It’s not uncommon for a filmmaker to turn to the medium in which they work for inspiration. Sometimes it’s the weight of a creative drought that can drive the artist inward in search of a creative muse; such as in the legendary case of Fellini‘s Sometimes it can be a desire to reflect on a life and career as they approach their twilight years. While one would hope that Pedro Almodóvar has several more years in which to delight and infuriate his audience, Pain and Glory has that undeniable sense of elegy about it. Thankfully the former punk rock star of Spanish cinema isn’t going out with a whimper. His latest is a quietly passionate and satisfying work with a possibly career-defining performance from Antonio Banderas.

Salvador Mallo (Banderas) is a famed filmmaker languishing in agonized retirement. The death of his mother four years before and some major back surgery have left him in racked with pain both physical and mental. Coaxed from public exile to present a restored print of his most famous work at a film festival, he reconnects with his past in the form of old collaborators and his childhood memories.

Pain and Glory operates very much on the same sober register as Almodóvar’s previous film Julieta. The dazzling colour palette that is his signature remains very much present, but this is Almodóvar at his most thoughtful. Even the meta trappings and self-reflexive nature are presented with little fanfare to maximise a bittersweet tang. This is a mature, reflective director at ease with his technique and confident in his storytelling. There remains however a little of the familiar mischief of old there as he plays with coming-of-age tropes and his own mythology, spinning a warm and golden yarn about Mallo’s childhood and sexual awakening that has more than the whiff of the unreliable narrator, or at least that his hindsight may be forming some cataracts.

As enjoyable as these scenes are, not least thanks to a customarily luminous Penelope Cruz as young Salva’s mother Jacinta, it is the moments of the ageing Mallo coming to terms with himself that are the most moving and soulful. Salvador’s final days with the elderly Jacinta (Julieta Serrano) pack a particular punch as his mother brusquely informs him that, “you weren’t a good son,” yet the scenes depict a peaceful resolution and an affectionate farewell. Perhaps the most affecting is the tender soothing of an old wound with a former lover (Leonardo Sbaraglia); a wonderful scene that bursts with decades of things left unsaid and with the relief of reconciliation.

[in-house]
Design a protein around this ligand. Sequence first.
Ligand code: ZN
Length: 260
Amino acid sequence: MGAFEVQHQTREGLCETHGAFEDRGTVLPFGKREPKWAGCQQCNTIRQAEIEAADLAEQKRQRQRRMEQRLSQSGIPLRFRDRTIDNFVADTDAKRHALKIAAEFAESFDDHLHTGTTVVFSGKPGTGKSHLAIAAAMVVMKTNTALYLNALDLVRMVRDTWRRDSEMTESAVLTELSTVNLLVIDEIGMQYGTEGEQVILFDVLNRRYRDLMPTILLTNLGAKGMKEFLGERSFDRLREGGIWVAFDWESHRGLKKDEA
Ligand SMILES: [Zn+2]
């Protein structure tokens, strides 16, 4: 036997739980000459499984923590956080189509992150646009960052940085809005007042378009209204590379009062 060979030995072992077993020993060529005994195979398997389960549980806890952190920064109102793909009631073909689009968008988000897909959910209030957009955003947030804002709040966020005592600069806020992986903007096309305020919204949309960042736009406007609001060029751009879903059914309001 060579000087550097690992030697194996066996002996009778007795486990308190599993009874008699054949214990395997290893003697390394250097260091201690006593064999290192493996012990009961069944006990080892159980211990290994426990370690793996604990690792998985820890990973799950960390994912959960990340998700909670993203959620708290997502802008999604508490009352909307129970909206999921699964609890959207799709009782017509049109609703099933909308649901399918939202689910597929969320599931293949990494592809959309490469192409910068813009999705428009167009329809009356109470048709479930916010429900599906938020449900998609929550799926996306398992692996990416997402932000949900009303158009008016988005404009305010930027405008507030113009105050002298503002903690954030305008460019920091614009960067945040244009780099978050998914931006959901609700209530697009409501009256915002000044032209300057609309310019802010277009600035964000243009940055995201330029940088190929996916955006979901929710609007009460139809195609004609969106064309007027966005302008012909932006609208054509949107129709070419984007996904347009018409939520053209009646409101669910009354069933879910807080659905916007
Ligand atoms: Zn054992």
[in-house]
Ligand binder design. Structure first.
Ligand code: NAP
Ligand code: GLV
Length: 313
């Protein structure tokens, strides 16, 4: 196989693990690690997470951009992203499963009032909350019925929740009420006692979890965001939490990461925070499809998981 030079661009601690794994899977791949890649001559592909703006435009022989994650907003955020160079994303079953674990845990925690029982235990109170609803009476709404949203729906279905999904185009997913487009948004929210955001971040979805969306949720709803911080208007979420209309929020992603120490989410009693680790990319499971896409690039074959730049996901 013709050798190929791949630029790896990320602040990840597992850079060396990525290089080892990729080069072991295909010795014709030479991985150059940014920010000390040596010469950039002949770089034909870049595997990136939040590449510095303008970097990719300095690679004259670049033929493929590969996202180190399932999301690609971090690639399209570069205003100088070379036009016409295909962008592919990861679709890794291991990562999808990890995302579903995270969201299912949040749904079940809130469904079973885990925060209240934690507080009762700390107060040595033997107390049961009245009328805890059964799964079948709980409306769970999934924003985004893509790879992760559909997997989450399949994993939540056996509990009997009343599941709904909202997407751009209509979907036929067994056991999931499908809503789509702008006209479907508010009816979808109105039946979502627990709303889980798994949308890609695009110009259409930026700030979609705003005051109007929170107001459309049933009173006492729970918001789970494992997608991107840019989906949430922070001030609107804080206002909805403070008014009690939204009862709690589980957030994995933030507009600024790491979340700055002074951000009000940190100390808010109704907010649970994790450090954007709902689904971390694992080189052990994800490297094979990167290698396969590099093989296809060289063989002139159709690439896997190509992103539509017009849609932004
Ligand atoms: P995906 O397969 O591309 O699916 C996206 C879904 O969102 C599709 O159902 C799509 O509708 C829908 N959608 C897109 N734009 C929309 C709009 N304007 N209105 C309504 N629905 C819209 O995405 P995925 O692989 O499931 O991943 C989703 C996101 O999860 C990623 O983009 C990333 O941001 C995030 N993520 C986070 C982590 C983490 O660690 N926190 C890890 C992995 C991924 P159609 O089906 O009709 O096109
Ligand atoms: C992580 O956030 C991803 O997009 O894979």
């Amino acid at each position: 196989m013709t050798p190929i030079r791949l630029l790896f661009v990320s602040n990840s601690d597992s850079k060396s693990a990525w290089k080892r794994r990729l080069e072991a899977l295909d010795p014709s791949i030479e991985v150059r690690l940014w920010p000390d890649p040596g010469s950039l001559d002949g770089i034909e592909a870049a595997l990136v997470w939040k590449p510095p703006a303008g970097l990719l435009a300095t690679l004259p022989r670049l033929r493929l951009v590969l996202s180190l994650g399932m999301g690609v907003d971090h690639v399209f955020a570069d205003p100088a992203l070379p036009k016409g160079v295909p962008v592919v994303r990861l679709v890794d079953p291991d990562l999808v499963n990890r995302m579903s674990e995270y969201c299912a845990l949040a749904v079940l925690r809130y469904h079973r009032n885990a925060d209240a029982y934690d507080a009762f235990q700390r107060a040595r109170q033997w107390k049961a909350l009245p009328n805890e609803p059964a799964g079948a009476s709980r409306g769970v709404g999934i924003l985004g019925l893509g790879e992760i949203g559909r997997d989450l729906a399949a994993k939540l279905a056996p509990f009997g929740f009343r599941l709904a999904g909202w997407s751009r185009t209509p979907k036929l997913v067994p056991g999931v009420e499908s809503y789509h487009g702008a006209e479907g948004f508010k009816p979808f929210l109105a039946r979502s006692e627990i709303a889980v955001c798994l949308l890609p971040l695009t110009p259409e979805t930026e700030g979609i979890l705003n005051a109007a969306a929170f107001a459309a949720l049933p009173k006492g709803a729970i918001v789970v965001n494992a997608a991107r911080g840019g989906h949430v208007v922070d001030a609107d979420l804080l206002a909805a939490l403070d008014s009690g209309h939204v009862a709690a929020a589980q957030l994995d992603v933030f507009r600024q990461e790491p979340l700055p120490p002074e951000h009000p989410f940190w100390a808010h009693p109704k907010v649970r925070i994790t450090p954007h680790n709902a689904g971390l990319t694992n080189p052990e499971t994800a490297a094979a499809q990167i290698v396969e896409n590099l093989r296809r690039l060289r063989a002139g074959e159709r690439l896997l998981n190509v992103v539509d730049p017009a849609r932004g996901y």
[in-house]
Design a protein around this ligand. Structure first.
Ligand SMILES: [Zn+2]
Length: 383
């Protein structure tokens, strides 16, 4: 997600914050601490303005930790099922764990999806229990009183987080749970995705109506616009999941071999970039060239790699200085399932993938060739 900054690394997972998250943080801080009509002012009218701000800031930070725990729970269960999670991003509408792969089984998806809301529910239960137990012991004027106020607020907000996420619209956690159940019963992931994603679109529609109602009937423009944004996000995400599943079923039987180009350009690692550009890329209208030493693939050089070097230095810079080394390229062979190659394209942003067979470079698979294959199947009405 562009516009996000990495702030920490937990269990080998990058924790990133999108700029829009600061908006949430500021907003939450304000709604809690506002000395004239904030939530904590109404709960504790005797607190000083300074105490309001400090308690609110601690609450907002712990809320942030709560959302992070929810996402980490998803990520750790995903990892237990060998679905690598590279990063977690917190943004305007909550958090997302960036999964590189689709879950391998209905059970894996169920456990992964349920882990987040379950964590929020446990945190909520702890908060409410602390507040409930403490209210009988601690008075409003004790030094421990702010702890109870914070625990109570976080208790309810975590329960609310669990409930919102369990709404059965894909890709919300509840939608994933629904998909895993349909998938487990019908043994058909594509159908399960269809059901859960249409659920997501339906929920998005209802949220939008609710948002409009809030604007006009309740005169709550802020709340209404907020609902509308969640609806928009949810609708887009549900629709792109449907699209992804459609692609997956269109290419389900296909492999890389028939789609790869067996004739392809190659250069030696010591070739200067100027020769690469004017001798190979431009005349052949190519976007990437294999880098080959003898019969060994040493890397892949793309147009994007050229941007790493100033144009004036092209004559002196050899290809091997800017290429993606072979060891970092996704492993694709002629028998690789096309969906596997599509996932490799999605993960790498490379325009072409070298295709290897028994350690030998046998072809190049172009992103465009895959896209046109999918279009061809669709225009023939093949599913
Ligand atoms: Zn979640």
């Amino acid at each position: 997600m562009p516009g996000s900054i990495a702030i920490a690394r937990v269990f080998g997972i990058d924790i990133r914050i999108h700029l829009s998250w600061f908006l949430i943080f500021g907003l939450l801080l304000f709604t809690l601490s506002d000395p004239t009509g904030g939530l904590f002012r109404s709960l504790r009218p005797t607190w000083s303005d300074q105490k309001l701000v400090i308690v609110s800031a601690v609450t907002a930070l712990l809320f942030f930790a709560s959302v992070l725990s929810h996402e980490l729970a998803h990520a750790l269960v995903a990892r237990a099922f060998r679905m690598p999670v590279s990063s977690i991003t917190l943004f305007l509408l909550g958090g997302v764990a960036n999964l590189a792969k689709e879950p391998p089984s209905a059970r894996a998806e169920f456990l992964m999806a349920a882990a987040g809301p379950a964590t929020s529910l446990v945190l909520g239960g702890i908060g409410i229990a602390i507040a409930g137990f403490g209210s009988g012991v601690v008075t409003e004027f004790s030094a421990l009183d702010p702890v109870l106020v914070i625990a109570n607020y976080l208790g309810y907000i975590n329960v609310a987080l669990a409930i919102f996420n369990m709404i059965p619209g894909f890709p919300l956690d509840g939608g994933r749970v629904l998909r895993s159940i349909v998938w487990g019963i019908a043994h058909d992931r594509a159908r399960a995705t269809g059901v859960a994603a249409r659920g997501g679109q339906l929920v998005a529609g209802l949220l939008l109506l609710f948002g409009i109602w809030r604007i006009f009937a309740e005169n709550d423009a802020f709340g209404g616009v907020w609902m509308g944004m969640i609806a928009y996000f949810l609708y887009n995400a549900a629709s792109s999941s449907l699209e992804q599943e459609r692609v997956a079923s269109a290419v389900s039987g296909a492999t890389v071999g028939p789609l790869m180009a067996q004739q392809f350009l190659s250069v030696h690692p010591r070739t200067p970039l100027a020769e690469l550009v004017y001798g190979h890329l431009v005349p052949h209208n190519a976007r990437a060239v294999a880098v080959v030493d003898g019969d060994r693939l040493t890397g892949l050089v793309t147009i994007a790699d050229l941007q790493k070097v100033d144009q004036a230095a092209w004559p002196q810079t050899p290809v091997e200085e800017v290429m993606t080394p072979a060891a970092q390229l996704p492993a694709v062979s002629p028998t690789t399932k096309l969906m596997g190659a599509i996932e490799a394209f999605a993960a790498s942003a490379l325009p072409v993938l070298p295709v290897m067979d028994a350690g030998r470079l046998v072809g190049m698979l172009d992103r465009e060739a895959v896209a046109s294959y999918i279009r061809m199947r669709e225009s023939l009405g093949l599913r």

Banderas carves through the inherent solipsism and self-indulgence that could have scuppered the film. Though Mallo could be seen as (and may actually be) ridiculous, there’s a natural leonine dignity about the actor, particularly in his late middle age. His performance is dialled-down and melancholy like he’s slowly imploding as his spine contracts like a fist. Despite his many ailments, it becomes clear it’s the nostalgia that hurts the most.

Whether Pain and Glory is a true reflection of Pedro Almodóvar the man as he reaches the milestone age of 70 is up for debate. There’s a Bergman-esque reveal that suggests he’s not ready to mothball his showman’s outfit just yet, but 40 years into his career this is a film that feels like a summation of what has gone before. It’s the filmmaker not just reassessing his own legacy, but acting as the curator of his legend. There are some longueurs that wallow in autobiographical indulgence, but for the most part, this is top-level Almodóvar.

@Filmhouse, Edinburgh from Fri 23 Aug 2019